Investigators at Dartmouth’s Geisel School of Medicine announced that two new studies of DAR-901, their investigational vaccine against tuberculosis (TB), have moved it to the forefront of new vaccines in development for global control of this deadly infectious disease.
“We are very pleased with the results of these two studies” said Ford von Reyn, MD, professor of medicine at Geisel and principal investigator for the DAR-901 booster vaccine. “They represent major milestones on the path to approval of DAR‑901 and the global fight against tuberculosis.”
Tuberculosis is the leading infectious disease cause of death in the world and there is a global effort to eradicate it by 2035. According to modeling by the World Health Organization a new vaccine will be required to meet this ambitious elimination goal. The Dartmouth candidate, DAR-901, is an inactivated vaccine made from a non-pathogenic bacterium that is genetically related to Mycobacterium tuberculosis, the cause of human tuberculosis. An earlier form of the vaccine was used in the DarDar Trial, a seven-year study in Tanzania sponsored by the U.S. National Institutes of Health involving patients with HIV infection who at birth had received BCG, the current tuberculosis vaccine. In that trial, the inactivated vaccine was effective as a booster in preventing tuberculosis. The DarDar Trial remains the only trial in which a new tuberculosis vaccine has shown efficacy in humans. Dartmouth and Aeras subsequently collaborated to develop an improved and scalable method for manufacturing the vaccine, now designated DAR-901.
The two new studies on DAR-901 conducted in collaboration with Aeras were published in the journal PLOS ONE. In the pre-clinical study, BCG was administered first followed by a booster immunization with either DAR-901 or a second dose of BCG. Protection against subsequent tuberculosis challenge was greater with the DAR-901 booster than with the BCG booster. In the clinical study, being published today, DAR-901 was administered to adults living in the United States who had received BCG at birth. A three-dose series of the vaccine was safe and well-tolerated. In addition, DAR-901 induced immune responses that were similar to those seen with the vaccine shown effective in the DarDar Trial.
“Taken together, these two studies suggest that the new scalable vaccine formulation is likely to prove as effective as the original formulation – which would make it the first protective TB vaccine in humans since BCG, which was introduced almost a century ago,” said Professor Ajit Lalvani, Director of the Tuberculosis Research Centre, National Heart and Lung Institute, Imperial College London and a member of the DAR-901 development team.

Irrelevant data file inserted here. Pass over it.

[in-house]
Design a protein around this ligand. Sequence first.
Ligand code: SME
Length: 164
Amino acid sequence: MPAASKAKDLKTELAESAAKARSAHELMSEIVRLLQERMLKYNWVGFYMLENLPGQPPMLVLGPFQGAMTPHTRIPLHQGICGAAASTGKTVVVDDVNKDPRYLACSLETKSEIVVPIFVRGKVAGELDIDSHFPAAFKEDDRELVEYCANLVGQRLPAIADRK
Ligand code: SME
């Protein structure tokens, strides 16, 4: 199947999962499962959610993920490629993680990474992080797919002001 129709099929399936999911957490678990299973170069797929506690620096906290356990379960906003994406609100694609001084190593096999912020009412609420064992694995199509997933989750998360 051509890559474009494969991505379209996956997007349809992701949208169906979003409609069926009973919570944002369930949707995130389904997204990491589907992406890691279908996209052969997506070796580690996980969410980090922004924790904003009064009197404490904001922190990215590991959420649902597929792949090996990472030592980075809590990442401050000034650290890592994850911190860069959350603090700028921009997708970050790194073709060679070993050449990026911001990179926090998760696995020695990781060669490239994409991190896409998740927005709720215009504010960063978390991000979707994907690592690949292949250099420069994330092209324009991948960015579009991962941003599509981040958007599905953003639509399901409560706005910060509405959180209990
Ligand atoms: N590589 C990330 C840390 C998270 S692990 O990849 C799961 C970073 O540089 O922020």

Based on the study published today, a larger randomized trial is underway in Tanzania to determine if DAR-901 prevents the earliest stage of infection with tuberculosis, before symptoms are apparent. In February, the 650 adolescents in this “prevention of infection” study completed receiving 3 doses of DAR-901 or placebo. The vaccine was again observed to be safe and well-tolerated. The trial is sponsored by Global Health Innovative Technology Fund (Japan) and results of vaccine efficacy will be available in late 2018.
Additional collaborators on the DAR-901 development team include Timothy Lahey, MD, Lisa Adams, MD, and Richard Waddell ScD, at Geisel, Robert Arbeit, MD, at Tufts University School of Medicine, C. Robert Horsburgh, MD, at Boston University School of Public Health, and Kisali Pallangyo, MD, and Patricia Munseri, MD, at Muhimbili University of Health and Allied Sciences (MUHAS) in Dar es Salaam Tanzania. The team is now developing plans for a large, randomized, placebo-controlled Phase 3 trial to support regulatory approval of DAR‑901. The study is targeted to begin within two years.
To read the latest study at PLOS ONE: http://journals.plos.org/plosone/article?id=10.1371/journal.pone.0175215
The studies were supported by Dartmouth College, Aeras (Rockville, MD) and the Jack and Dorothy Byrne Foundation.
About the Geisel School of Medicine at Dartmouth
Founded in 1797, the Geisel School of Medicine at Dartmouth strives to improve the lives of the communities it serves through excellence in learning, discovery, and healing. The Geisel School of Medicine is renowned for its leadership in medical education, health care policy and delivery science, biomedical research, global health, and in creating innovations that improve lives worldwide. As one of America’s leading medical schools, Dartmouth’s Geisel School of Medicine is committed to training new generations of diverse leaders who will help solve our most vexing challenges in health care.